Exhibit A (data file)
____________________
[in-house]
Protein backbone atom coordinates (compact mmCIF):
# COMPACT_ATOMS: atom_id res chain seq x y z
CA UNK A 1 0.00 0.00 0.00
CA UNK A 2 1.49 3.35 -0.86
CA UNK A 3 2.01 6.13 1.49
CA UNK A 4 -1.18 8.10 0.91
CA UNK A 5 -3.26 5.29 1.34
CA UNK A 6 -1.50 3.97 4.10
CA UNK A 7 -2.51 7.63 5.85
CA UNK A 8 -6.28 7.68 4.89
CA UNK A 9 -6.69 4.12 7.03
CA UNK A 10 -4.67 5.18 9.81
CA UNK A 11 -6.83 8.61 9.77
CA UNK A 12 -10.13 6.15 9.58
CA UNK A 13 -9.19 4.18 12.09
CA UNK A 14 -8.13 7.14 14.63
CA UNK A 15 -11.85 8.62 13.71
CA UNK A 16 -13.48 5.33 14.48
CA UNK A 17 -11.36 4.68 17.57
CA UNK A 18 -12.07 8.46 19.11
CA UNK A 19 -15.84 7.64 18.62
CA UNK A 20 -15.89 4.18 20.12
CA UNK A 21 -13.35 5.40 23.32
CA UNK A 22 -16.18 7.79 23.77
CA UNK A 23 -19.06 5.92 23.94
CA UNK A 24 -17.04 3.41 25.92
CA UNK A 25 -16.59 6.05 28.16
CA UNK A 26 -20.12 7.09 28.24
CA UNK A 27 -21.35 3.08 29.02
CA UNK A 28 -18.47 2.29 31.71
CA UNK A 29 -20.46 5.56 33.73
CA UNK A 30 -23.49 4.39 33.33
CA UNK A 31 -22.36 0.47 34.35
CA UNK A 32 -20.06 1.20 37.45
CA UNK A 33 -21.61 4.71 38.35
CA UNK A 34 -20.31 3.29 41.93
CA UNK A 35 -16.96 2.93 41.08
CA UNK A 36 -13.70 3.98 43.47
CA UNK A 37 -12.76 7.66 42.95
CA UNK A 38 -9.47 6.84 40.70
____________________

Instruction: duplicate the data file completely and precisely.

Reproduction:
[in-house]
Protein backbone atom coordinates (compact mmCIF):
# COMPACT_ATOMS: atom_id res chain seq x y z
CA UNK A 1 0.00 0.00 0.00
CA UNK A 2 1.49 3.35 -0.86
CA UNK A 3 2.01 6.13 1.49
CA UNK A 4 -1.18 8.10 0.91
CA UNK A 5 -3.26 5.29 1.34
CA UNK A 6 -1.50 3.97 4.10
CA UNK A 7 -2.51 7.63 5.85
CA UNK A 8 -6.28 7.68 4.89
CA UNK A 9 -6.69 4.12 7.03
CA UNK A 10 -4.67 5.18 9.81
CA UNK A 11 -6.83 8.61 9.77
CA UNK A 12 -10.13 6.15 9.58
CA UNK A 13 -9.19 4.18 12.09
CA UNK A 14 -8.13 7.14 14.63
CA UNK A 15 -11.85 8.62 13.71
CA UNK A 16 -13.48 5.33 14.48
CA UNK A 17 -11.36 4.68 17.57
CA UNK A 18 -12.07 8.46 19.11
CA UNK A 19 -15.84 7.64 18.62
CA UNK A 20 -15.89 4.18 20.12
CA UNK A 21 -13.35 5.40 23.32
CA UNK A 22 -16.18 7.79 23.77
CA UNK A 23 -19.06 5.92 23.94
CA UNK A 24 -17.04 3.41 25.92
CA UNK A 25 -16.59 6.05 28.16
CA UNK A 26 -20.12 7.09 28.24
CA UNK A 27 -21.35 3.08 29.02
CA UNK A 28 -18.47 2.29 31.71
CA UNK A 29 -20.46 5.56 33.73
CA UNK A 30 -23.49 4.39 33.33
CA UNK A 31 -22.36 0.47 34.35
CA UNK A 32 -20.06 1.20 37.45
CA UNK A 33 -21.61 4.71 38.35
CA UNK A 34 -20.31 3.29 41.93
CA UNK A 35 -16.96 2.93 41.08
CA UNK A 36 -13.70 3.98 43.47
CA UNK A 37 -12.76 7.66 42.95
CA UNK A 38 -9.47 6.84 40.70